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Independent regulator for island’s water supply mooted

Bermuda could get an independent regulator for its water supply — setting charges to allow suppliers to maintain infrastructure, an open forum on the sector was told.

The Ministry of Public Works held an online forum on water and waste water services to field public opinion on how the sector should be regulated.

But there was no answer on whether getting a water regulator might result in consumers’ bills going up or down, public works engineer J. Tarik Christopher added.

He said service providers had to compete in most countries, with the regulator granting approval based on “a reasonable rate of return”.

“Depending on how much water you use and the water service provider you get it from, the total cost of water could go up from now or it could go down,” Mr Christopher said.

“In either case, this regulation is seeking to ensure that the quality of the service improves and that the public can have more power in holding service providers to account.”

Water supply across Bermuda comes through a patchwork of providers, the forum heard, ranging from the private Bermuda Waterworks headquartered in Devonshire to the Bermuda Land Development Company, or the Ministry of Public Works.

While the Government is “not looking at creating a very rigid regulatory structure”, Mr Christopher said, the aim was for water providers to get “rates that allow them to enhance investment in their infrastructure, to expand their networks and add more connections”.

“Right now it’s very difficult to invest in the existing infrastructure if we don’t have that revenue or income stream coming from appropriate rates.”

He noted that, at present, water providers were able to choose which neighbourhoods they served.

The forum also addressed the issue of water discolouration, which flared up in 2016 for residents of Prospect, Devonshire and persisted two years later.

The problem was attributed to ageing cast-iron pipes.

In the forum last night, Mr Christopher said oversight of water suppliers would come with “an appropriate tariff enabling them to improve on their current network”.

“Some of our customers are being served by water infrastructure that’s coming to the end of its life.”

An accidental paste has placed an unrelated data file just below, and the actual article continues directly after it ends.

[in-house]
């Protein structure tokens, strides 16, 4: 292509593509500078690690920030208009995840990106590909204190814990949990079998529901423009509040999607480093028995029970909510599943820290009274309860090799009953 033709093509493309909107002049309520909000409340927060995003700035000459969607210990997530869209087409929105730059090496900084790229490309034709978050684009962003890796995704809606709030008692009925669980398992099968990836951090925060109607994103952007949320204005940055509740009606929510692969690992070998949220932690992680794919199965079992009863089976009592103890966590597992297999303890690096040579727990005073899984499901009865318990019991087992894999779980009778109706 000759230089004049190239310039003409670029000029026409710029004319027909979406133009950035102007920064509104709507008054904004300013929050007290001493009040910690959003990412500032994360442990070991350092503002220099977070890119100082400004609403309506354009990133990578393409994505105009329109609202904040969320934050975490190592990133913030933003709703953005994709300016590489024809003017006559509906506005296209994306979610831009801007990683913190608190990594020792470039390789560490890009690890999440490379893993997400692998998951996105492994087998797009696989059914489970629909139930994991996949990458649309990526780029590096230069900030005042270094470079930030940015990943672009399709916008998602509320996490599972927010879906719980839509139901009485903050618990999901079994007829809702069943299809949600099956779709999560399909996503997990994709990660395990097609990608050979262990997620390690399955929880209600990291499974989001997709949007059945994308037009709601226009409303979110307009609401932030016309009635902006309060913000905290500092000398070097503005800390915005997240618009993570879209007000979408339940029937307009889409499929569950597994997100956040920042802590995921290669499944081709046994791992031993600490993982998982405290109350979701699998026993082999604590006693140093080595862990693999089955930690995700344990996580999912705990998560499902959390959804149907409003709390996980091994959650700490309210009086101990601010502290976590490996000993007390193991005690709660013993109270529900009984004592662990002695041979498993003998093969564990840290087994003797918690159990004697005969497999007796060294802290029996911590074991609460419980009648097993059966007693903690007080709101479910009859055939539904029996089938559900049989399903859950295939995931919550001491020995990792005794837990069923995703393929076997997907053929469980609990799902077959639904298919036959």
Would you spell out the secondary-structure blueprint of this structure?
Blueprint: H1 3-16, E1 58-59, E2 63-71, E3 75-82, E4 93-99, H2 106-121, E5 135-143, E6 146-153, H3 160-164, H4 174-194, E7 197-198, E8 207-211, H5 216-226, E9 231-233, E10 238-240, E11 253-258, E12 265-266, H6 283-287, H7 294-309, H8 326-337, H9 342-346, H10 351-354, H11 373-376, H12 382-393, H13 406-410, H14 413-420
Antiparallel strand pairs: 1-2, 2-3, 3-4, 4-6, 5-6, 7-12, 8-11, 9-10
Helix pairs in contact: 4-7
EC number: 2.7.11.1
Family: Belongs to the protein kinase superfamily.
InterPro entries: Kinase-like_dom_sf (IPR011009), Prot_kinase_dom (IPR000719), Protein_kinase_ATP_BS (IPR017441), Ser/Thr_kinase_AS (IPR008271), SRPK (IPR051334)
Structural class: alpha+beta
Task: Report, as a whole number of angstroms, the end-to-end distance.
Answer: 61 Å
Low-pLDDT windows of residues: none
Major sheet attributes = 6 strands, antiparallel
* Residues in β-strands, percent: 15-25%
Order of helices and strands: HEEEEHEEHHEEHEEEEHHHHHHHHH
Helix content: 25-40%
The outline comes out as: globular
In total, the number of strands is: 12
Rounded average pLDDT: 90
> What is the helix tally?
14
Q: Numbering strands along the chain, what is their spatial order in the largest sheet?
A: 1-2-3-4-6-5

He was joined by John Ikeda, a water supply and sanitation specialist with Catalpa, a regulatory policy consulting firm hired by the Bermuda Government for an overhaul of the management of the island’s water supply.

Mr Ikeda said the goal was to offer consumers the best rate possible.

Regulators in most countries set water charges based on “the cost of service” and to prevent monopolies from setting exorbitant rates.

He added: “In other cases, if it’s a public provider and it’s the Government itself that sets the rates, what I’ve seen in a lot of countries is there’s pressure to keep the rates low because it keeps people happy.

“In the long term, what happens is that utility does not have the resources to rebuild their network, to expand service and provide quality water.

“So the quality of service continues to decline until the utility collapses. I’ve seen that in a lot of different countries.

“I don’t think right now we can say for any given person whether their bill will go up or down.

“What we do know is there’s going to be a system in place to make sure that the tariff is at the most efficient level possible, that people are getting the quality of service they pay for, and there’s a process for them to escalate complaints if they feel they’re not being billed fairly.”

Mr Ikeda said consumers could have recourse to an independent body to review complaints and push for a fair outcome.

An extensive revamp of water and waste water at the island’s East End was launched in 2020 by the Ministry of Public Works with the Bermuda Land Development Company, as the start of what was planned to be an island-wide renovation.

“We’re looking to identify these risks, so we can provide solutions and recommendations to the Cabinet and Government to modify the regulatory structure,” he added.

As the island’s demand for water rises, and climate change affects rainfall, Bermuda’s consumers are likely to become increasingly reliant on a piped supply.

Both speakers addressed the concern of water outages.

Mr Christopher said it was “likely we would look at setting a minimum up-time requirement for service — basically, the maximum time that the service can be down”.

“They are going to have to have systems that are upgraded and operating at their maximum, and they’re going to need resources to do that.”

He said the oversight was aimed at “ensuring service providers are reinvesting in their infrastructure, to ensure their down times are minimised”.

Mr Ikeda said regulation would be about “putting consequences behind it, and making sure it’s enforced”.

“It creates incentives for service providers to upgrade their network and focus on that service quality.”

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Published September 29, 2022 at 7:40 pm (Updated September 29, 2022 at 7:40 pm)

Independent regulator for island’s water supply mooted

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